In dermatology and dermatopathology, some histologic diagnoses are incontrovertible and reveal features that are readily diagnostic; however, in many cases clinical correlation is essential, as many diseases have similar histologic reaction patterns and the correct diagnosis is based on additional clinical information. Accuracy of diagnosis has been shown to improve when cases were evaluated at a clinical conference where histology and clinical features were correlated or when digital clinical photographs were evaluated with histologic findings. Dr. Clay Cockerell offers tips on how to work efficiently with dermatopathologists to get the best results from a biopsy.
In dermatology and dermatopathology, some histologic diagnoses are incontrovertible and reveal features that are readily diagnostic; however, in many cases clinical correlation is essential, as many diseases have similar histologic reaction patterns and the correct diagnosis is based on additional clinical information. Accuracy of diagnosis has been shown to improve when cases were evaluated at a clinical conference where histology and clinical features were correlated or when digital clinical photographs were evaluated with histologic findings.1
Because clinical features usually are not available to the dermatopathologist when evaluating histologic specimens, he/she must rely on the information provided by the referring clinician on the pathology requisition form. It is important for clinicians to include as much information as is reasonably possible on the form in a legible fashion. If the specimen is a pigmented lesion, it should be described by its diameter and any additional information that is available, such as dermoscopic findings. If the process is an eruption, the extent, distribution, color, duration, symptoms, and any other relevant information should be provided.
Clinicians should always avoid “cryptic” allusions. Occasionally, dermatopathologists receive biopsy specimens with no information other than to rule out leukemia cutis. There is obviously more to that story. Do not expect the dermatopathologist to be a mind reader. We appreciate a request when a clinician wants a special stain or a margin rather than assuming we know when those are desired. We also would prefer for margin requests not to be made in an automatic manner when it does not matter whether the process involves the margins, such as in inflammatory conditions.
One should not dilute the value of the clinical impression. For example, do not write “rule out melanoma” for all pigmented lesions or “neoplasm of uncertain behavior” for all cutaneous neoplasms. If there is a prior biopsy, submit the prior number and the diagnosis if possible. Fill out all demographic information (eg, sex, race, age) and other important information such as pregnancy status, medication history, underlying condition, or history of neoplasia, as they all have bearing on the diagnosis.
Inflammatory skin diseases can be challenging to diagnose, as classic examples described in textbooks usually are not sampled. Consider performing more than one biopsy from lesions at different stages of evolution or from different body sites. In difficult cases, bring the patient to a conference, send the patient for consultation, or submit a clinical photograph or digital image. It also may be beneficial to call and discuss the case with the dermatopathologist. If the diagnosis does not make sense, ask for recuts, special stains, or a second expert opinion.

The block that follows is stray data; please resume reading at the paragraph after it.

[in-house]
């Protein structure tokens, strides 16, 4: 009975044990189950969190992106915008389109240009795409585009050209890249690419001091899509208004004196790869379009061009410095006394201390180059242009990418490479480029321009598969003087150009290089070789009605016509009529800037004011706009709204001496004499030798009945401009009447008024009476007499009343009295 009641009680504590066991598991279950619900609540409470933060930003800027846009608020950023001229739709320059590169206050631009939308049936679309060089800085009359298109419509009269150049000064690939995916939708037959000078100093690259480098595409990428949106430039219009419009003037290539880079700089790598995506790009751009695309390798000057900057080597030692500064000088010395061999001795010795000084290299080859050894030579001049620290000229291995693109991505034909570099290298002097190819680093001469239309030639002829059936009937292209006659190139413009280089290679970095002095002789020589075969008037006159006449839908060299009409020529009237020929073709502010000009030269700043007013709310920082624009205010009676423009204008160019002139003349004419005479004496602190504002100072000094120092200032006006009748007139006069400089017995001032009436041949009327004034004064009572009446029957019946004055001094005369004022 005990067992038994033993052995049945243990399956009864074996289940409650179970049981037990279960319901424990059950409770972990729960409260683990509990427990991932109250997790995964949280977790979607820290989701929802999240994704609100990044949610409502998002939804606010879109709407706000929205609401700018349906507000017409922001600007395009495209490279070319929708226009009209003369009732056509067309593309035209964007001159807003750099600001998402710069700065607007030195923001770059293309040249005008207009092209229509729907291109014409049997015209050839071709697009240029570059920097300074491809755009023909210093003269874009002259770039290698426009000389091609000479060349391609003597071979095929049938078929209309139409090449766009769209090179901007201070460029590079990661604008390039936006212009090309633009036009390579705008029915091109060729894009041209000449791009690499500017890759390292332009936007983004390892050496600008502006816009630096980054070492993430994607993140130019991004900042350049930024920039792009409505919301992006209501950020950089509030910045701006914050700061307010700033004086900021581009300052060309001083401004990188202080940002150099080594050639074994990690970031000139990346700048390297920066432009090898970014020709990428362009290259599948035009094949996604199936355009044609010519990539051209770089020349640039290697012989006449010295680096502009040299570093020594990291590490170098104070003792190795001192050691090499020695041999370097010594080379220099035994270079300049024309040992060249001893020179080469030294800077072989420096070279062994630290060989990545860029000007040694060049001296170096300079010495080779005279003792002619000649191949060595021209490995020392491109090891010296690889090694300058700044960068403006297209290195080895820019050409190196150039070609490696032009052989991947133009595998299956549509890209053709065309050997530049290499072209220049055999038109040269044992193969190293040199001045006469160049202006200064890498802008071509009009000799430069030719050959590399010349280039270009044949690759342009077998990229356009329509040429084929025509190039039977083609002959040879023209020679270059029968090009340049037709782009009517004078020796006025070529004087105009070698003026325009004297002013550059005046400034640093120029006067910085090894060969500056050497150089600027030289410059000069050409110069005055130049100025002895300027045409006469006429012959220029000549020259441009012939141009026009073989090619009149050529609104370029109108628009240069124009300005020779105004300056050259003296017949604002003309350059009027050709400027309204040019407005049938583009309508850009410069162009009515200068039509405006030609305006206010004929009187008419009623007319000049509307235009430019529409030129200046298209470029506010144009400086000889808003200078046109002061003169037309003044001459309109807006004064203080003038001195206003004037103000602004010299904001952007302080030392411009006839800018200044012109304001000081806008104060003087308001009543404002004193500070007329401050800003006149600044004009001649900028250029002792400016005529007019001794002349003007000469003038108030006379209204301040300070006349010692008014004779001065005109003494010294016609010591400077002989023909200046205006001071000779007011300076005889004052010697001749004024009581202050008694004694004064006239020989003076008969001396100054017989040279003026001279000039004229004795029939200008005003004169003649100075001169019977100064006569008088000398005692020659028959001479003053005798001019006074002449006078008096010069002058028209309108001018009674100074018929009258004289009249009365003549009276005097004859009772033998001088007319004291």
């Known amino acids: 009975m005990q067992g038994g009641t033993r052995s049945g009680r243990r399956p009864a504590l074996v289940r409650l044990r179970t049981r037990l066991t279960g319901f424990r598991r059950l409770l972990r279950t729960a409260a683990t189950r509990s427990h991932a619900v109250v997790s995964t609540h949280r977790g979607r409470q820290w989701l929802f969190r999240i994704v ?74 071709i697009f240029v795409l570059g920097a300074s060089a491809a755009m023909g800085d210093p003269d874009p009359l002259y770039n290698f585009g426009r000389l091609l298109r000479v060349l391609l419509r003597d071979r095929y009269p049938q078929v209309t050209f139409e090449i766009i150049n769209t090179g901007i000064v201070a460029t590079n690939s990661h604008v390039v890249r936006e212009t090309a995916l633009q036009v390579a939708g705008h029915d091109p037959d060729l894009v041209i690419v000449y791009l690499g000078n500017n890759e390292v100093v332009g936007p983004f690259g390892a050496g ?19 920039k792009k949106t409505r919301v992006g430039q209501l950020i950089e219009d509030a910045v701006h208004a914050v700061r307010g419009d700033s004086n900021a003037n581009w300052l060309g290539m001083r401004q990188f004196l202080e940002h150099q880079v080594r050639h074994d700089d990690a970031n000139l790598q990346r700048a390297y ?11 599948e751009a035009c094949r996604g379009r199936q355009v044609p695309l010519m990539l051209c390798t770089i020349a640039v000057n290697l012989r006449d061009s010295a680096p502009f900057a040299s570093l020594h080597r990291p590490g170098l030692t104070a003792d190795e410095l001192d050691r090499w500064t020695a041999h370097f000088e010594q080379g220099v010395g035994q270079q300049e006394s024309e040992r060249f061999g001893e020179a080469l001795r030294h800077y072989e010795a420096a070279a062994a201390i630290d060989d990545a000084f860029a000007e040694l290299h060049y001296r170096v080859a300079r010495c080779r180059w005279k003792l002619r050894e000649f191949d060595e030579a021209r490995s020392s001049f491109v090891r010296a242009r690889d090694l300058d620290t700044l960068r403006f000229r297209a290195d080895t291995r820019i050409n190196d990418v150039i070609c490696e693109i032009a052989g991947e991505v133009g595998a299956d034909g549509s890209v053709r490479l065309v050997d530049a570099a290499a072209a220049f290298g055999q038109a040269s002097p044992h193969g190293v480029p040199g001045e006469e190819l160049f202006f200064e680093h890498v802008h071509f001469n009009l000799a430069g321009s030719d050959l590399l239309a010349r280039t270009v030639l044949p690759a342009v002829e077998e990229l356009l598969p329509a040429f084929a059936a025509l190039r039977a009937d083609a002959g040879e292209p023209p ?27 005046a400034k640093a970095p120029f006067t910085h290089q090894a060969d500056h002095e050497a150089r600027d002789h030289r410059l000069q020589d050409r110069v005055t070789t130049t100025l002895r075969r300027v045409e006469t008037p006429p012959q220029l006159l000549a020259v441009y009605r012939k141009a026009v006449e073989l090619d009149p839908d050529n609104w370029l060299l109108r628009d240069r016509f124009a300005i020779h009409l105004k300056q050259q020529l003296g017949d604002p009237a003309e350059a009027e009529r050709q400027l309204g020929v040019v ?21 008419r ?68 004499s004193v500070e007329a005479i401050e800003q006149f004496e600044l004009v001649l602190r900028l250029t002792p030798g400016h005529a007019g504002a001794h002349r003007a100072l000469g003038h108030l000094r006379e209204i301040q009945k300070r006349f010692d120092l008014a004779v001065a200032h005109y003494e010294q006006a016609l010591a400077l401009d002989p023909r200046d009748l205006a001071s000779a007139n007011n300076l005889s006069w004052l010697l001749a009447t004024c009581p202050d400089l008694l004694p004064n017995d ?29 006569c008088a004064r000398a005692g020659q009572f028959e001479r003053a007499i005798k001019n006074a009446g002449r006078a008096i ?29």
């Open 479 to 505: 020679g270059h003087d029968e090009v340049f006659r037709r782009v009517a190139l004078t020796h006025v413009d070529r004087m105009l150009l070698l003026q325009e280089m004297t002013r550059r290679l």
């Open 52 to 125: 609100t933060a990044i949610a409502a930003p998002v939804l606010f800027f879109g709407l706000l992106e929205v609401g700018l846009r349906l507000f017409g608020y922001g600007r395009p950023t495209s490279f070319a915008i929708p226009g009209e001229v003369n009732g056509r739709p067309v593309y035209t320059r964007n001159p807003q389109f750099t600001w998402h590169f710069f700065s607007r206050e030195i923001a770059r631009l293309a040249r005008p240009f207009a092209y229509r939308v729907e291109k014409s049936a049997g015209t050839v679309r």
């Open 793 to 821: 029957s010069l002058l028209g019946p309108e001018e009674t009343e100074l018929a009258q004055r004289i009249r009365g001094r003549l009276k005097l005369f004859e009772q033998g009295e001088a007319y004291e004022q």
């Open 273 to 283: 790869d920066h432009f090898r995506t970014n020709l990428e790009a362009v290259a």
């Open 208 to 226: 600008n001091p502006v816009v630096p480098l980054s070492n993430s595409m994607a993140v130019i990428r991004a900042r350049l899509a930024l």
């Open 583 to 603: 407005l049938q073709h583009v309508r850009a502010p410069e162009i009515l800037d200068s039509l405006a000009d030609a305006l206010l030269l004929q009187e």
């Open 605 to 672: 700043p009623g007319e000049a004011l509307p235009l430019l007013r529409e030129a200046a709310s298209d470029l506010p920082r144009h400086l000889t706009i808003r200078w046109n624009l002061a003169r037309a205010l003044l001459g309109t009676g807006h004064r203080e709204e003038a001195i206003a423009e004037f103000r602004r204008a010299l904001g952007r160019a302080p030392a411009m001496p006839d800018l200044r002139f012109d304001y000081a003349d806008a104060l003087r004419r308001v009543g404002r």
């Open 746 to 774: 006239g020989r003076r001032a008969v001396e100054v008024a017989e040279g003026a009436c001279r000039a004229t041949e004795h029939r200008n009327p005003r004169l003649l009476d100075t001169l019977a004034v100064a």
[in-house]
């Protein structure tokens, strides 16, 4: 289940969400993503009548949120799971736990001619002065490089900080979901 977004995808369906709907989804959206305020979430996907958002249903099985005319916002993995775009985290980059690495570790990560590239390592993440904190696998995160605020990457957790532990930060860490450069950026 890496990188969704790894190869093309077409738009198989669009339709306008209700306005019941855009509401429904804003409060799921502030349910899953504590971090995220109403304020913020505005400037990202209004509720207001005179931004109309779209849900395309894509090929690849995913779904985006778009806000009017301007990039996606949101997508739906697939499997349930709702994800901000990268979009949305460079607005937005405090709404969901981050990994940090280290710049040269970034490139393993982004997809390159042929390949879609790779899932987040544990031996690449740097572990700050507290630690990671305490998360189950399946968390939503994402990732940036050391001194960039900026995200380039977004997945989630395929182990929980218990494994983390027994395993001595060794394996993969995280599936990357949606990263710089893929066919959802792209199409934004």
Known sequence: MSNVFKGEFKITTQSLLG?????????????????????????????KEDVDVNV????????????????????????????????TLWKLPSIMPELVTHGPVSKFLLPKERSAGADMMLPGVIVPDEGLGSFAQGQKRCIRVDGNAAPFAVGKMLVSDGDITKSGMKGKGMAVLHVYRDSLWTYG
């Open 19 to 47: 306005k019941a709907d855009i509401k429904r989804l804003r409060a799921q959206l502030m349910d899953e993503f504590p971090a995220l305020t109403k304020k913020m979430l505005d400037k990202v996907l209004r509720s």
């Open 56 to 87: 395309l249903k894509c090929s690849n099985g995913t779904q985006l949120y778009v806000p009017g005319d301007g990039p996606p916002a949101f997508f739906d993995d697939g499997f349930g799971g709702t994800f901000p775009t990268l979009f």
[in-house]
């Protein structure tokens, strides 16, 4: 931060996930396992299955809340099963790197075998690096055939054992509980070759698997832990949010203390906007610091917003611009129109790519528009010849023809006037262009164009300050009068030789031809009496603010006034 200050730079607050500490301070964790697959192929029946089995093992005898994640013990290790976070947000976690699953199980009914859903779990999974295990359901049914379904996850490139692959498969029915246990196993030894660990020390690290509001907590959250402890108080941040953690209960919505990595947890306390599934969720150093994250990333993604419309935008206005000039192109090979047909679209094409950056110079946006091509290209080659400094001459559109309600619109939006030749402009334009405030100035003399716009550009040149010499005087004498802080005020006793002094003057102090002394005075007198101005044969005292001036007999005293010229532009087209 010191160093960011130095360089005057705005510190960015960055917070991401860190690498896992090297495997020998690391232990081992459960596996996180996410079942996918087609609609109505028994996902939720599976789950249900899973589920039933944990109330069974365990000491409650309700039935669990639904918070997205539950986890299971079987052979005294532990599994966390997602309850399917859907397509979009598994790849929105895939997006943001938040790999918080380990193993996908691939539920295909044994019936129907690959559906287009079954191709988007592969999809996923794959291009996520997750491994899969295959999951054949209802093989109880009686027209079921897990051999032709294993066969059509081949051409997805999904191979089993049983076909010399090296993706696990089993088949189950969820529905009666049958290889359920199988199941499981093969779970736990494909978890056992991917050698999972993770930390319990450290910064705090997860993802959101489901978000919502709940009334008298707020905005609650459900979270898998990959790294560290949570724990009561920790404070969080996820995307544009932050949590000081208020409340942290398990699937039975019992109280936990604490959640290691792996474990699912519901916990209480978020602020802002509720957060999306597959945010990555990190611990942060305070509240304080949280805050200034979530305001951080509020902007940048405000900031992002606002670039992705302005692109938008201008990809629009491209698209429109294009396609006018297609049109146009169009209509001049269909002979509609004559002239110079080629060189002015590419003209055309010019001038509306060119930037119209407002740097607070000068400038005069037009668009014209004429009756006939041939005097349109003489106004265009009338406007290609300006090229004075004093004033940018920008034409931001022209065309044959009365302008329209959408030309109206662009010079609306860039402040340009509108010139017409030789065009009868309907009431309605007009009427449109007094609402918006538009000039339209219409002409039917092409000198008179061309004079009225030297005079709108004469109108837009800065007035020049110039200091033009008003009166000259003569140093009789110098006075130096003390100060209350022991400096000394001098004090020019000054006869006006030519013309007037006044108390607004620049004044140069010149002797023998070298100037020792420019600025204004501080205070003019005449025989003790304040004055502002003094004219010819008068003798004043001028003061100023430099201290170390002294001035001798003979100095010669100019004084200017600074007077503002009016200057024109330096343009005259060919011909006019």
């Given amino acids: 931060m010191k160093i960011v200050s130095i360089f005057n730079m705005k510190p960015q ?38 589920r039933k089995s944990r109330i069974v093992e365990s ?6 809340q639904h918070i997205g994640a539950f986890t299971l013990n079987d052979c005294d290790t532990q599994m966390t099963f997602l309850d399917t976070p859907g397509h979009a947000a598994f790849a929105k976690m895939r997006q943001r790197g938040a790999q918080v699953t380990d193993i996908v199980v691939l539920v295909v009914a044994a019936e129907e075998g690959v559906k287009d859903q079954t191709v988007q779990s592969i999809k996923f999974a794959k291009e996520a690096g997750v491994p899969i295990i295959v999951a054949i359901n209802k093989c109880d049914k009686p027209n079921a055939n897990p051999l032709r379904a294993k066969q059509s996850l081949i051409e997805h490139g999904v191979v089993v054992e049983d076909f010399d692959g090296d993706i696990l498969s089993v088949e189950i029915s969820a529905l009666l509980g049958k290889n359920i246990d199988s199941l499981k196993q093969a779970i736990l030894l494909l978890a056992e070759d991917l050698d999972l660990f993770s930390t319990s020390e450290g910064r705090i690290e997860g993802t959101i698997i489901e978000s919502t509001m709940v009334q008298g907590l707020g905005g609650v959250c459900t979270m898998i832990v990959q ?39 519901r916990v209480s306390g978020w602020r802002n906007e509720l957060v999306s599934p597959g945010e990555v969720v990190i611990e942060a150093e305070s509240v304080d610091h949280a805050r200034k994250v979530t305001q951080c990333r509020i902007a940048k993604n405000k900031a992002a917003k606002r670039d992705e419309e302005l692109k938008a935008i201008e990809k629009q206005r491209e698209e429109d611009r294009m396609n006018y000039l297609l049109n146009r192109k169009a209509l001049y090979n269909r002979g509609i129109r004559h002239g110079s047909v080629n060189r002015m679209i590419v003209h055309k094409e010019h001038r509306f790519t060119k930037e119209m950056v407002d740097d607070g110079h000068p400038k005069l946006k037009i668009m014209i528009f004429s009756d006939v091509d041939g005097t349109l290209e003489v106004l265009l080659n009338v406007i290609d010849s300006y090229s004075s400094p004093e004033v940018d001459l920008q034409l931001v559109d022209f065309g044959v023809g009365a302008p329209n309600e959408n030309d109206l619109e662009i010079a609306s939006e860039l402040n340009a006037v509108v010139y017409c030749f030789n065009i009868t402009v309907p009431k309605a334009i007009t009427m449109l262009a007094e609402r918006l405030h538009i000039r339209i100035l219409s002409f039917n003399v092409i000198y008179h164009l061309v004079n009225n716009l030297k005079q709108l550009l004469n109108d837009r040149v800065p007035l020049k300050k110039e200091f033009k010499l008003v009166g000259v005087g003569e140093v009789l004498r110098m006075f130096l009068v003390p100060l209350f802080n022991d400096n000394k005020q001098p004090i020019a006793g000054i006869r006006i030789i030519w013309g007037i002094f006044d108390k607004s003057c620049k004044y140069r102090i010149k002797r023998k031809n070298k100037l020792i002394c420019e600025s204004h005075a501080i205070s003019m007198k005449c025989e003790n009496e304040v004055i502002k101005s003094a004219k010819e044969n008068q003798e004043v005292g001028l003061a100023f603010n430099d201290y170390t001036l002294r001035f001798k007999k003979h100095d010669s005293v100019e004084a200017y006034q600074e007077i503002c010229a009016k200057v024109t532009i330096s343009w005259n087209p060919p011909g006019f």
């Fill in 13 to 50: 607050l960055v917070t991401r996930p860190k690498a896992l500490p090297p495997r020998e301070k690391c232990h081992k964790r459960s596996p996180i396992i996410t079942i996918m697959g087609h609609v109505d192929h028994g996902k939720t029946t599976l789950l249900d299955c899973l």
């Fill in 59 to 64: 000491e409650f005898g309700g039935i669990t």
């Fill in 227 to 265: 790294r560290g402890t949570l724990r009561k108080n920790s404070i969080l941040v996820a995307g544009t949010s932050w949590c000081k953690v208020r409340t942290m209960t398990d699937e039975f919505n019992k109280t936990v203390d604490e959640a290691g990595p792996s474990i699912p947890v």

Regarding the biopsy process itself, always harvest a good piece of tissue and place it into the proper medium for the appropriate test. Formalin solution 10% is used for routine specimens, while Michel’s transport medium and saline are used for immunofluorescence studies. Make sure the specimen is floating in the liquid, as specimens may adhere to the side of the bottle or the lid. Beware of specimens remaining on a scalpel blade or within the barrel of a punch before inadvertently submitting a bottle containing no material. Also be sure to fill out the information on the bottle label, as the bottle and requisition form may get separated. Do not write on the lid in case it happens to come off.
It also is important not to put more than 1 specimen in the same bottle, especially when dealing with multiple different neoplasms. A possible reasonable exception is multiple skin tags, but note in the chart that you are submitting representative specimens. Beware of throwing away tissue instead of submitting it for biopsy whenever something is removed from the skin.
Keep a biopsy logbook or other records and review all pathology reports systematically. Communicate with the laboratory to check on the status of a biopsy if results are not back as soon as expected to ensure that there is not an inadvertent problem. Legal action can result if the patient is not notified in a timely fashion or if treatment is delayed. If the patient does not follow-up in a timely fashion, a certified letter should be sent to the patient.
Extremely small specimens (ie, <1 mm in diameter) or friable specimens may not survive processing. Occasionally, a specimen gets lost, either on the way to the laboratory or otherwise. If there is still a neoplasm at the site or the patient has a widespread process, another biopsy can be performed. My laboratory has a policy of not charging the patient given the circumstances. If nothing is left at the site and it is a neoplasm that could possibly have been malignant, a reasonable approach would be to conservatively re-excise the area and document everything in the medical record.
Blog Source: Cutis | How Can Dermatologists Help Dermatopathologists Work “Smarter” for Them?